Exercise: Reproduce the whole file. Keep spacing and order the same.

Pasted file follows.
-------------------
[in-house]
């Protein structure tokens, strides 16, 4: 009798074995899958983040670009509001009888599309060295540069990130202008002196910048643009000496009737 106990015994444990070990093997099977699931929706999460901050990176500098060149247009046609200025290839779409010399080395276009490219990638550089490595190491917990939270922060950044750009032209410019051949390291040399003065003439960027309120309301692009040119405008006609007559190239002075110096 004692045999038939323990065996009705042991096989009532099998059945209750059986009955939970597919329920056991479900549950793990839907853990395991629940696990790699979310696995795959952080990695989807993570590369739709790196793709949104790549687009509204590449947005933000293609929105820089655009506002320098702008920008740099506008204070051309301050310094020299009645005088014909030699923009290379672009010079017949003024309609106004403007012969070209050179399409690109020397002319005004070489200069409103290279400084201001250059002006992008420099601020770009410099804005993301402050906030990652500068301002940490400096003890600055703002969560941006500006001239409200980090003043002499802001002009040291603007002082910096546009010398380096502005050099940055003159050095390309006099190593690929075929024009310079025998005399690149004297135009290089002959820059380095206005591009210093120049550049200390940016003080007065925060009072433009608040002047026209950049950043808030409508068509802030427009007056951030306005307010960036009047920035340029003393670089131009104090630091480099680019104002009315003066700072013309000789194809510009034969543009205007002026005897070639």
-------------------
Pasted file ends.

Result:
[in-house]
């Protein structure tokens, strides 16, 4: 009798074995899958983040670009509001009888599309060295540069990130202008002196910048643009000496009737 106990015994444990070990093997099977699931929706999460901050990176500098060149247009046609200025290839779409010399080395276009490219990638550089490595190491917990939270922060950044750009032209410019051949390291040399003065003439960027309120309301692009040119405008006609007559190239002075110096 004692045999038939323990065996009705042991096989009532099998059945209750059986009955939970597919329920056991479900549950793990839907853990395991629940696990790699979310696995795959952080990695989807993570590369739709790196793709949104790549687009509204590449947005933000293609929105820089655009506002320098702008920008740099506008204070051309301050310094020299009645005088014909030699923009290379672009010079017949003024309609106004403007012969070209050179399409690109020397002319005004070489200069409103290279400084201001250059002006992008420099601020770009410099804005993301402050906030990652500068301002940490400096003890600055703002969560941006500006001239409200980090003043002499802001002009040291603007002082910096546009010398380096502005050099940055003159050095390309006099190593690929075929024009310079025998005399690149004297135009290089002959820059380095206005591009210093120049550049200390940016003080007065925060009072433009608040002047026209950049950043808030409508068509802030427009007056951030306005307010960036009047920035340029003393670089131009104090630091480099680019104002009315003066700072013309000789194809510009034969543009205007002026005897070639």